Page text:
Thoughts on the Planned Expansion of the St. Louis Zoo

Thoughts on the Planned Expansion of the St. Louis Zoo

The St. Louis zoo wants to expand into an adjacent and largely vacant hospital complex, which is a good move for both the institution and the neighborhood. Alex Ihnen of nextSTL weighs some ideas about the best way to put the new site to use.

Rendering of future zoo transformation. Note what looks like a monorail to the left. nextSTL on Flickr

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This piece originally appeared on nextSTL.

The St. Louis Zoo has announced its intent to purchase the long-troubled and now largely vacant Forest Park Hospital complex across I-64 from the existing zoo in the city’s Clayton-Tamm neighborhood. From a practical point of view, the purchase would allow existing staff to be moved off-site, alleviating existing space issues. But much more is made possible by the purchase: Adding new research staff and laboratory space, adding veterinary equipment and possible new locations for some small animal exhibits (think amphibians).

The zoo is looking at an ambitious timeframe for the move, demolition of some existing structures and site improvement. The press release announcing the development states that the plan “[saves] structures where possible.” However, the accompanying site plan shows that of the entire complex, only the most modern office building, on the northeast corner of the site, and a seven-story parking garage will be retained. With many additions and changes over time, the hospital is not eligible for historic tax credits, making it difficult for any buyer to repurpose existing buildings. Sculptures and other architectural details removed in demolition are to be given to the Deaconess Foundation.

This is at once a bold and necessary move for the zoo. While dedicated to expanding within the zoo, such as the ongoing elephant and sea lion projects, there are significant physical constraints on the current site. This purchase opens somewhat changes the challenge from maximizing limited space to programming an expansive area. As the zoo noted, ultimately the exhibition area may be transformed into exhibit space. The initial plan needs revision and plans are currently in the early stages of development.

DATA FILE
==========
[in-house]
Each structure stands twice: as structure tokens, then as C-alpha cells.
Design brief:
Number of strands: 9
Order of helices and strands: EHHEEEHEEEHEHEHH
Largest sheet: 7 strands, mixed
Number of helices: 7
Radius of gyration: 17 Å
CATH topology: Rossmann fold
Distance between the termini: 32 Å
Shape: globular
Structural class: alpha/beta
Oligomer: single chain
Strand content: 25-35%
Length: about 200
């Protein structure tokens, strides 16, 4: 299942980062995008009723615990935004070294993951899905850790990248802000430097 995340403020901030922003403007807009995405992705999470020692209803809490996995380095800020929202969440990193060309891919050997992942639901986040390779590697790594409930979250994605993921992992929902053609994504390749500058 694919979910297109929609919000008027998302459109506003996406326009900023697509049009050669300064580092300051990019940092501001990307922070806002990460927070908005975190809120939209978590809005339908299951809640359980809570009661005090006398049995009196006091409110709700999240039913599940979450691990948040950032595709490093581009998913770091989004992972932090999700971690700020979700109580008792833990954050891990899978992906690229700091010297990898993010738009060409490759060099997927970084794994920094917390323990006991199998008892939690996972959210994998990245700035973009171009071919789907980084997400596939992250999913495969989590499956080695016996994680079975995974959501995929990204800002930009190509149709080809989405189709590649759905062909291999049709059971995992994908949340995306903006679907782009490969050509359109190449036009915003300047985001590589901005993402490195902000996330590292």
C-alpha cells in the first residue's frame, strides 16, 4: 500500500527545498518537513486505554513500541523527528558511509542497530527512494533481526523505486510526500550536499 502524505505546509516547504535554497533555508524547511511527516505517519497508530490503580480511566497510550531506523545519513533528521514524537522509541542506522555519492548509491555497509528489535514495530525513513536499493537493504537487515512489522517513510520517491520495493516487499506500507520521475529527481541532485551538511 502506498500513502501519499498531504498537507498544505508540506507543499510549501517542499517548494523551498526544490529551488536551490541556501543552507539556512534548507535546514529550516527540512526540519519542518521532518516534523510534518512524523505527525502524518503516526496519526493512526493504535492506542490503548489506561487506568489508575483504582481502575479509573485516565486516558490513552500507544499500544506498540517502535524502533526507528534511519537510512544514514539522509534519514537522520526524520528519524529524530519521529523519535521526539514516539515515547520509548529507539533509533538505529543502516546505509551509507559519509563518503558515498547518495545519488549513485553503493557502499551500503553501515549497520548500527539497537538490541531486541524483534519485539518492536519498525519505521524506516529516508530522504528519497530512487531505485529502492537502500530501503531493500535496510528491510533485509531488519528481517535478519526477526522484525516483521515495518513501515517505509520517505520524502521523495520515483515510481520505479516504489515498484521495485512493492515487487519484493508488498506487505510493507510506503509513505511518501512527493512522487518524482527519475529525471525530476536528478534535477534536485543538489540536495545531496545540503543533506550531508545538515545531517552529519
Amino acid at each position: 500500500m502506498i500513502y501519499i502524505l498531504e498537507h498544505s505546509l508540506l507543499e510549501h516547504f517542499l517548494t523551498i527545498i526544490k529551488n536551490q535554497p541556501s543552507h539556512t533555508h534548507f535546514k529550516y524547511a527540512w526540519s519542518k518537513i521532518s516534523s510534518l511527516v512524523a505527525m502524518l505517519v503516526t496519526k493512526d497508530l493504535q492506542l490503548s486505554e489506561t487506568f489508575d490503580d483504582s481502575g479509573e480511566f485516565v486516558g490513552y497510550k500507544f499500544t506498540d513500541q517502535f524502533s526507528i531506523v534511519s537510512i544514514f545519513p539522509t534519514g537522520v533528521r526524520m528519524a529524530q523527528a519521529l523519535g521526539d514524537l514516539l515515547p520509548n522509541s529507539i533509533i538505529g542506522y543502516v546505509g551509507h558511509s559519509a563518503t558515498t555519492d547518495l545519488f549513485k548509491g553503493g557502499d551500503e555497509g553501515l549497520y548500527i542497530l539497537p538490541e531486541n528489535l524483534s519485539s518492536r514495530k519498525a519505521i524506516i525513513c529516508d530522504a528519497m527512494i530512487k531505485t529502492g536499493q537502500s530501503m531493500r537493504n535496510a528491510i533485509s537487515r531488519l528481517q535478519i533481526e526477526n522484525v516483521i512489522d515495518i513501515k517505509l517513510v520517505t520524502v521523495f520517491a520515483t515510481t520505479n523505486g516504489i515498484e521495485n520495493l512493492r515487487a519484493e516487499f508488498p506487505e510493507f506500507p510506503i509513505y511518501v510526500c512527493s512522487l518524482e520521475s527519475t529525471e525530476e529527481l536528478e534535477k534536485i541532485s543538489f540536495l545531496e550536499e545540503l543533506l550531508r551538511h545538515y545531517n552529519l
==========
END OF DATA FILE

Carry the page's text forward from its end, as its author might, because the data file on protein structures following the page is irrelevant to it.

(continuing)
Credit: nextSTL on Flickr

In the short term, non-site specific uses will be relocated to the modern four-story office building and equipment will be added. It’s anticipated (or hoped) that the use of existing parking on the site for zoo visitors will improve traffic flow on Hampton and alleviate some of the traffic back ups within the park as drivers look for parking. Additional parking may also help reduce parking concerns for Dogtown residents.

The real opportunity is in the long term vision that could be adopted for the site. The zoo is considering the development of commercial space and the addition of fitness trails, playgrounds, water features and other active uses accessible to zoo and park visitors and residents. The site could also serve as a multimodal transit hub. Pedestrian bridges, a gondola,or other ideas (the rendering shows what looks to be a monorail) may be implemented to move people from the site to the current zoo entrance.

Some ideas are better than others, and a quarter-mile monorail is a bad one—an enclosed walkway with exhibit space (like at the St. Louis Science Center) or open pedestrian bridge would be extraordinarily less expensive and fulfill the zoo’s stated intent to “create a model of sustainable development.” Expanding some of the smaller exhibit spaces—think a huge new insect hall, or an expansive and modern children’s zoo—present exciting opportunities. Having a site outside the boundaries of Forest Park should allow the zoo to be especially creative with its use. Simply put, the purchase secures the future for the zoo and offers opportunities that couldn’t even be considered in the existing footprint.

Tags: built environmenttrainsst. louis

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